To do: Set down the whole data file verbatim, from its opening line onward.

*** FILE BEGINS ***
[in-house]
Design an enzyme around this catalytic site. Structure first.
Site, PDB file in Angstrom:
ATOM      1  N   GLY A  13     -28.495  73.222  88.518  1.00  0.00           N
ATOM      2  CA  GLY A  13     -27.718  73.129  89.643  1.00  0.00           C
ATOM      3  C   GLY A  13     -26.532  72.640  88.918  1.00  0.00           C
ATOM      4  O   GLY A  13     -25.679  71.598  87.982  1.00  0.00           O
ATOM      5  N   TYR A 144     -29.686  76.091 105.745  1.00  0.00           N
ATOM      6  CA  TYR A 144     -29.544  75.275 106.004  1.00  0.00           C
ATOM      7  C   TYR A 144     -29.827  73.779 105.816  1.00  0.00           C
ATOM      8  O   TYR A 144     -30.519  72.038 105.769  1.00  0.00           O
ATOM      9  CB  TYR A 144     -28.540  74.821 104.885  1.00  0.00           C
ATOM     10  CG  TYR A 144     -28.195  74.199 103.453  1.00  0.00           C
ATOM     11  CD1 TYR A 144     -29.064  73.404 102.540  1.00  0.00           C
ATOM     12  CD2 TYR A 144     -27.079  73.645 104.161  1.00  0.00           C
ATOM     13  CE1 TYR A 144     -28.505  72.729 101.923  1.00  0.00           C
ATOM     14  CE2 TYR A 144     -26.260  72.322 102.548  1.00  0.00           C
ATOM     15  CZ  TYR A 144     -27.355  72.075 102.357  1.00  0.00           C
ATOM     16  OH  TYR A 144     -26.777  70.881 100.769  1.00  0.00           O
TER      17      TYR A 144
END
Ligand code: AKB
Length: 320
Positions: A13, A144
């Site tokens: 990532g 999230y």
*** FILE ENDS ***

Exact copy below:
[in-house]
Design an enzyme around this catalytic site. Structure first.
Site, PDB file in Angstrom:
ATOM      1  N   GLY A  13     -28.495  73.222  88.518  1.00  0.00           N
ATOM      2  CA  GLY A  13     -27.718  73.129  89.643  1.00  0.00           C
ATOM      3  C   GLY A  13     -26.532  72.640  88.918  1.00  0.00           C
ATOM      4  O   GLY A  13     -25.679  71.598  87.982  1.00  0.00           O
ATOM      5  N   TYR A 144     -29.686  76.091 105.745  1.00  0.00           N
ATOM      6  CA  TYR A 144     -29.544  75.275 106.004  1.00  0.00           C
ATOM      7  C   TYR A 144     -29.827  73.779 105.816  1.00  0.00           C
ATOM      8  O   TYR A 144     -30.519  72.038 105.769  1.00  0.00           O
ATOM      9  CB  TYR A 144     -28.540  74.821 104.885  1.00  0.00           C
ATOM     10  CG  TYR A 144     -28.195  74.199 103.453  1.00  0.00           C
ATOM     11  CD1 TYR A 144     -29.064  73.404 102.540  1.00  0.00           C
ATOM     12  CD2 TYR A 144     -27.079  73.645 104.161  1.00  0.00           C
ATOM     13  CE1 TYR A 144     -28.505  72.729 101.923  1.00  0.00           C
ATOM     14  CE2 TYR A 144     -26.260  72.322 102.548  1.00  0.00           C
ATOM     15  CZ  TYR A 144     -27.355  72.075 102.357  1.00  0.00           C
ATOM     16  OH  TYR A 144     -26.777  70.881 100.769  1.00  0.00           O
TER      17      TYR A 144
END
Ligand code: AKB
Length: 320
Positions: A13, A144
């Site tokens: 990532g 999230y």